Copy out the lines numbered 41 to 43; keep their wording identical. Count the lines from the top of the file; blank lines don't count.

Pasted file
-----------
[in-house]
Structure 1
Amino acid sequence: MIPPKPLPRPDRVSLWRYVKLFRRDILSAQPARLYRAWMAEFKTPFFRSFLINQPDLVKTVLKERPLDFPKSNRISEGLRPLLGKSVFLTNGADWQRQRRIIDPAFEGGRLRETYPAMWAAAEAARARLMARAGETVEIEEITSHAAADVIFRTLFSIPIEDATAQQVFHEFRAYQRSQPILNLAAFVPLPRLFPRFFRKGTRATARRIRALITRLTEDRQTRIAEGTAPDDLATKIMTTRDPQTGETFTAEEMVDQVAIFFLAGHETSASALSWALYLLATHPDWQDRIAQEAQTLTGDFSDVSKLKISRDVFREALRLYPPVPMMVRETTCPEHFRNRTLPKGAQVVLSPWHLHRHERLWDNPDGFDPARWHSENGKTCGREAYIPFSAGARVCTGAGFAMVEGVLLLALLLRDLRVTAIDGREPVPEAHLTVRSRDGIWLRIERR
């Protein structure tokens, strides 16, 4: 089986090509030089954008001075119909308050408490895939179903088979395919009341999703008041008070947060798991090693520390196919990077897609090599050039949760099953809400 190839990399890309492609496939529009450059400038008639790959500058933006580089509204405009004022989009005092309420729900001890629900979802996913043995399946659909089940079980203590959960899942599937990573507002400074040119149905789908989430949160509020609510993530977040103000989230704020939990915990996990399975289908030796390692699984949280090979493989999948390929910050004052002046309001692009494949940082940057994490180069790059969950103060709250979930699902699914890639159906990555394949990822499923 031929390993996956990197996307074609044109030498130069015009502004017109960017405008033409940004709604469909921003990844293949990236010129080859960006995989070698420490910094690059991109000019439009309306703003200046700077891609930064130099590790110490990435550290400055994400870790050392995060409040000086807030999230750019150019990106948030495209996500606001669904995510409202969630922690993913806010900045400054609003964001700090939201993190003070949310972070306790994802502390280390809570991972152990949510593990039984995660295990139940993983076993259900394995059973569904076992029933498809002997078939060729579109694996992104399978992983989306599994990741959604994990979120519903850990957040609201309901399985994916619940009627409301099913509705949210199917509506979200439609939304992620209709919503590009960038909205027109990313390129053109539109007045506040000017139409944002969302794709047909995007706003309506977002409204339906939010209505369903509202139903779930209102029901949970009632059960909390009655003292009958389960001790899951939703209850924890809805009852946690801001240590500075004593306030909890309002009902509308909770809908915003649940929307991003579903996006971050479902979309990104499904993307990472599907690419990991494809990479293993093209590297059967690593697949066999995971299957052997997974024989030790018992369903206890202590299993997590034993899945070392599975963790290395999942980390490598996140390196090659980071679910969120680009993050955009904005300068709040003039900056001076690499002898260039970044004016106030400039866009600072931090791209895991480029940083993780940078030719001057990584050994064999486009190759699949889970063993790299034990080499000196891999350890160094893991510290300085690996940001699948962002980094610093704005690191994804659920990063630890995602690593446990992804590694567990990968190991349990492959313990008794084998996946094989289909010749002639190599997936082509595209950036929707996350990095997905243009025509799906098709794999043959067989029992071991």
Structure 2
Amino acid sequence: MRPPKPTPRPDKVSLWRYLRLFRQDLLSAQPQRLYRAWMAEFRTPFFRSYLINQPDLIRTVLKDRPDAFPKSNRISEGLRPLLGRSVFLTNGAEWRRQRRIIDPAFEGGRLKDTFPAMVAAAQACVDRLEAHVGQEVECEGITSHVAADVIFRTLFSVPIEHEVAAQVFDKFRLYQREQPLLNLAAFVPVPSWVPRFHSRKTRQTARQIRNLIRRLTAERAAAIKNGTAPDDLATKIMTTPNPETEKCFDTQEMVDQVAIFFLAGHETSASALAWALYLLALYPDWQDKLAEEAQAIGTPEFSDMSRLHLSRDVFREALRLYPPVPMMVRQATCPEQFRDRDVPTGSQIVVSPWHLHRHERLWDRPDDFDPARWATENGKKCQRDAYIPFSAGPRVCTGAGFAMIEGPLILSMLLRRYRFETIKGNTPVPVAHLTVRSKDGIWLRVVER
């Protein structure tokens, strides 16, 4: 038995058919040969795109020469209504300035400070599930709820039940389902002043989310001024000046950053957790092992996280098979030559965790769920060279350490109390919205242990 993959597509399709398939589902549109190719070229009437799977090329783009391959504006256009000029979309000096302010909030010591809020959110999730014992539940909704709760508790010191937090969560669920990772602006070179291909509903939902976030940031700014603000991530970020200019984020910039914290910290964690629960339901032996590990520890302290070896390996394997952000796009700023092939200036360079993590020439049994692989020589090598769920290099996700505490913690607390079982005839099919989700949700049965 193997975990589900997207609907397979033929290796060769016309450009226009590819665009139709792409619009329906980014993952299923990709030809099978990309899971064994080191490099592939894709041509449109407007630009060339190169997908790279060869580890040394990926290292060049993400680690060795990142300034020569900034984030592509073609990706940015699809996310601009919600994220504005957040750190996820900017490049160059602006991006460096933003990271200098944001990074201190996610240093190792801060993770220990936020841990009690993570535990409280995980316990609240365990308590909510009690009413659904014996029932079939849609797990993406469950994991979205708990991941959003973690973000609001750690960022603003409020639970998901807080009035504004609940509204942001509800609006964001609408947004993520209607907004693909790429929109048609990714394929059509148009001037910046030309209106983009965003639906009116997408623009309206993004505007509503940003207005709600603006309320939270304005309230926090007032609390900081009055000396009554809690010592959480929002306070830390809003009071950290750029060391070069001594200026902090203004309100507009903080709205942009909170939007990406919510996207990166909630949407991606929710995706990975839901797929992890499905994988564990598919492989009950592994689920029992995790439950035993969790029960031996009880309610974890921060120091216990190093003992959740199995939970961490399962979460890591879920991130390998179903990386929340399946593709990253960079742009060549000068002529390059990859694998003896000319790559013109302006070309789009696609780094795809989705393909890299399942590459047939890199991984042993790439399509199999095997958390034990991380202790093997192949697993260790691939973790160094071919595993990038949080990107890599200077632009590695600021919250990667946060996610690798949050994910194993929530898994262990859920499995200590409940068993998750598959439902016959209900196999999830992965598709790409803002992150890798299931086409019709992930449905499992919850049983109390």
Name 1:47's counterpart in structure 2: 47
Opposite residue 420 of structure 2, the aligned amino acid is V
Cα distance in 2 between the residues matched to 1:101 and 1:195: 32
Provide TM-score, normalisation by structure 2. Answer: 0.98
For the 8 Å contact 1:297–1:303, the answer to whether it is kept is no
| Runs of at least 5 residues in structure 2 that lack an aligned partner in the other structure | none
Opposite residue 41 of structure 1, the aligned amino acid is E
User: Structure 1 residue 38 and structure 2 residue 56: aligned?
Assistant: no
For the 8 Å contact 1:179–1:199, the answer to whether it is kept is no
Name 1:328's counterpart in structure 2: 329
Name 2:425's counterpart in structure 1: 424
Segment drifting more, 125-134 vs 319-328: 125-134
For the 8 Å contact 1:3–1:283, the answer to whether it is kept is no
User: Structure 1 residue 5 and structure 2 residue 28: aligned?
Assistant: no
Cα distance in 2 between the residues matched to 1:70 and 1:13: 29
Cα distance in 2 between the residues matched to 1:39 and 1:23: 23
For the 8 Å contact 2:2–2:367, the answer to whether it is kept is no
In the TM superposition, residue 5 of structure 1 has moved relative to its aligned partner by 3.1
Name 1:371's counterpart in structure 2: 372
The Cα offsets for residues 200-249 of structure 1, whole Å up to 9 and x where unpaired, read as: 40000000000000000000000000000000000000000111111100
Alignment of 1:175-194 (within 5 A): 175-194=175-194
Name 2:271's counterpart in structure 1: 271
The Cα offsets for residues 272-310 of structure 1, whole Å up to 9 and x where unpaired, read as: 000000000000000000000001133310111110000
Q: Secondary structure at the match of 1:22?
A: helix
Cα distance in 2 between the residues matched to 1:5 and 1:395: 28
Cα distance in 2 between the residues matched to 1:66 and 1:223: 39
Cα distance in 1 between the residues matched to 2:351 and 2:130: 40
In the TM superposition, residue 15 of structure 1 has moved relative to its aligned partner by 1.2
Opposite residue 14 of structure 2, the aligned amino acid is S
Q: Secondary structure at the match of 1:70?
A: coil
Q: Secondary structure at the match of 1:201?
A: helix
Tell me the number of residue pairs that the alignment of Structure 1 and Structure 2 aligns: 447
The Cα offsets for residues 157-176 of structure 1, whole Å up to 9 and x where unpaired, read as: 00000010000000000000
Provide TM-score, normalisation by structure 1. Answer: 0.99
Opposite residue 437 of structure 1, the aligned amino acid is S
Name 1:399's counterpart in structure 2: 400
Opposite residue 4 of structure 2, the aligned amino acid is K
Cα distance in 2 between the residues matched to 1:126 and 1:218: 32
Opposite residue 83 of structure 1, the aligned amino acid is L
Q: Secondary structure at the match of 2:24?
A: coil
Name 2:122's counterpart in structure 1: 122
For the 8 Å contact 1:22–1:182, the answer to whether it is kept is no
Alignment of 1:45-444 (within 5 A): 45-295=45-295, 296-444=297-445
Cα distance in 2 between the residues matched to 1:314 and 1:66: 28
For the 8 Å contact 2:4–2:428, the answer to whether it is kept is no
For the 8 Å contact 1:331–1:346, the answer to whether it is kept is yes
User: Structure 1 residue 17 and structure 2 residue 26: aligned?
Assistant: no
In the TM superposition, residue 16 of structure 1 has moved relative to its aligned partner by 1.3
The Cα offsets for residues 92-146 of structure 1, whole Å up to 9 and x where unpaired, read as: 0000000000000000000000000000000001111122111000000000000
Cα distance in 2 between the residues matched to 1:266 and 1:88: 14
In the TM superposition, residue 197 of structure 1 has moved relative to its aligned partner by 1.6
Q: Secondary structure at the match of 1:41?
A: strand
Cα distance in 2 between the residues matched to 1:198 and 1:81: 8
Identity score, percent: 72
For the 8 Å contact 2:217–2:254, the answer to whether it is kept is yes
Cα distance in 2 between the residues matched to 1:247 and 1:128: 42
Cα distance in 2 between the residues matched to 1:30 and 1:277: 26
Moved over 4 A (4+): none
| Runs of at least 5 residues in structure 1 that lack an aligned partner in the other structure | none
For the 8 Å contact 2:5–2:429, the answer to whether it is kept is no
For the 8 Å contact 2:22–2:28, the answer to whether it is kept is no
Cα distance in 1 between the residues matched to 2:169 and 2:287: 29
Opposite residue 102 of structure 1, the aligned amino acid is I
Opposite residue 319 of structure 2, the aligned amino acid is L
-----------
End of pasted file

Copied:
A: coil
Q: Secondary structure at the match of 1:201?
A: helix